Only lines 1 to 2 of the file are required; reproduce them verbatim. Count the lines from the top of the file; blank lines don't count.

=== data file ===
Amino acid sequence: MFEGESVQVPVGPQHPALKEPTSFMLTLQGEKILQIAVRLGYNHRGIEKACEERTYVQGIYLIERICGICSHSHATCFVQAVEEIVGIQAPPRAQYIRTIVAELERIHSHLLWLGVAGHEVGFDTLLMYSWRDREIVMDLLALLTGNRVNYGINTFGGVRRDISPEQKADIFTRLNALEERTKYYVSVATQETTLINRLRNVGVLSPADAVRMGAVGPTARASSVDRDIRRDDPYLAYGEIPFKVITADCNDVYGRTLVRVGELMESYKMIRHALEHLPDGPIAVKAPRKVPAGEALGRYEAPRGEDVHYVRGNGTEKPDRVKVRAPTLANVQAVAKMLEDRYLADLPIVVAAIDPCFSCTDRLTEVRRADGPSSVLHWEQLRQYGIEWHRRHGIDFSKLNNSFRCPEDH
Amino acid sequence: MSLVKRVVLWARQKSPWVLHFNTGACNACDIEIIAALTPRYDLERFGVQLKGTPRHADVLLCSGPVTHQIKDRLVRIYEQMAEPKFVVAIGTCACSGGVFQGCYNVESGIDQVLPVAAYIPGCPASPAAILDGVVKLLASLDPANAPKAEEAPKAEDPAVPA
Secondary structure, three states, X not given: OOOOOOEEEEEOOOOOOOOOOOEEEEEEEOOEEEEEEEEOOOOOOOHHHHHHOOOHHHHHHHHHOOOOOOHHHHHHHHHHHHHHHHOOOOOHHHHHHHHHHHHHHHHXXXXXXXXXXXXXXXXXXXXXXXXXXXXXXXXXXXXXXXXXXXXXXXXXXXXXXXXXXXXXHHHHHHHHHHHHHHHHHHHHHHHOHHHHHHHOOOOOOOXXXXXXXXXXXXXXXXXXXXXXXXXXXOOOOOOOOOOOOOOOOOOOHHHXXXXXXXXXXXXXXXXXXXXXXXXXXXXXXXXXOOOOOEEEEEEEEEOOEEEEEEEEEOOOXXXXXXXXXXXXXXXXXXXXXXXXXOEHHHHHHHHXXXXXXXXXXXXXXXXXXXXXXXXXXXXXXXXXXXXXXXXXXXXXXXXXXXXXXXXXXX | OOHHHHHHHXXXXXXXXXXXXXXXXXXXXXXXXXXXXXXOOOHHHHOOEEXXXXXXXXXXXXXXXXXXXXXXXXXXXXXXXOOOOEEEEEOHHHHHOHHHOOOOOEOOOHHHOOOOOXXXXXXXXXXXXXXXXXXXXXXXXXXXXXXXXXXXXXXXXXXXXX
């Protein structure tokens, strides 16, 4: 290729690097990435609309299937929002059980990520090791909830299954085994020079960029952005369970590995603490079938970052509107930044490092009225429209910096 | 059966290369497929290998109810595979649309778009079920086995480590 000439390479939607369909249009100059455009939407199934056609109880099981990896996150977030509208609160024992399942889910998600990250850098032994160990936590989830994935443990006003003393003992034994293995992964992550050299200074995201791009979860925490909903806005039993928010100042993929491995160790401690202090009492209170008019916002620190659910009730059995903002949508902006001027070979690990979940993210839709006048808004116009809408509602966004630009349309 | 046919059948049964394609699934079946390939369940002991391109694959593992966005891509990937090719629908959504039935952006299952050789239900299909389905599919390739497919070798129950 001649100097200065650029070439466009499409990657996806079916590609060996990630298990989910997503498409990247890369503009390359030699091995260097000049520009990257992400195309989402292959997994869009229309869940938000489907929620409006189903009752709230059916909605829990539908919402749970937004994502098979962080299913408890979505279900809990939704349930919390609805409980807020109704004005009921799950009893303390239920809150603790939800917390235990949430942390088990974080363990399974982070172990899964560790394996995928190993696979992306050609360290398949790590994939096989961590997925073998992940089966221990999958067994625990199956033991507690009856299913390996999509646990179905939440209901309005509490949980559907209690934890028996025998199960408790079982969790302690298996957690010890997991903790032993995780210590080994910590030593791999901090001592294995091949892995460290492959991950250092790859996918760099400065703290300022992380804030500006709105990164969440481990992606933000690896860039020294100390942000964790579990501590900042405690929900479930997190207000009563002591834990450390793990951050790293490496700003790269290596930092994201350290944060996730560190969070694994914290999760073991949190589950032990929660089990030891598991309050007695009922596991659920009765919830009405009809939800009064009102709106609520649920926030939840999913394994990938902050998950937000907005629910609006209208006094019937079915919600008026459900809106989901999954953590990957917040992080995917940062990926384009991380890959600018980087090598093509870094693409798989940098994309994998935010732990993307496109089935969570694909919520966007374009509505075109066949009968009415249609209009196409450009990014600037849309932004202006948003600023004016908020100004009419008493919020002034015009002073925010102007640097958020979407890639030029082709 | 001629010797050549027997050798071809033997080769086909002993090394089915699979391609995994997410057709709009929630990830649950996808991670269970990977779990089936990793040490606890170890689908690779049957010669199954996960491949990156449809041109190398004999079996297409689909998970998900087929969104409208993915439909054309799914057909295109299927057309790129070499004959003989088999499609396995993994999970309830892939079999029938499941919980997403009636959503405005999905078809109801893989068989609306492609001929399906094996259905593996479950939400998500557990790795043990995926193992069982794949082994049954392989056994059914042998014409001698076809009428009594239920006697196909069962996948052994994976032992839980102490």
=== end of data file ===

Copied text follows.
Amino acid sequence: MFEGESVQVPVGPQHPALKEPTSFMLTLQGEKILQIAVRLGYNHRGIEKACEERTYVQGIYLIERICGICSHSHATCFVQAVEEIVGIQAPPRAQYIRTIVAELERIHSHLLWLGVAGHEVGFDTLLMYSWRDREIVMDLLALLTGNRVNYGINTFGGVRRDISPEQKADIFTRLNALEERTKYYVSVATQETTLINRLRNVGVLSPADAVRMGAVGPTARASSVDRDIRRDDPYLAYGEIPFKVITADCNDVYGRTLVRVGELMESYKMIRHALEHLPDGPIAVKAPRKVPAGEALGRYEAPRGEDVHYVRGNGTEKPDRVKVRAPTLANVQAVAKMLEDRYLADLPIVVAAIDPCFSCTDRLTEVRRADGPSSVLHWEQLRQYGIEWHRRHGIDFSKLNNSFRCPEDH
Amino acid sequence: MSLVKRVVLWARQKSPWVLHFNTGACNACDIEIIAALTPRYDLERFGVQLKGTPRHADVLLCSGPVTHQIKDRLVRIYEQMAEPKFVVAIGTCACSGGVFQGCYNVESGIDQVLPVAAYIPGCPASPAAILDGVVKLLASLDPANAPKAEEAPKAEDPAVPA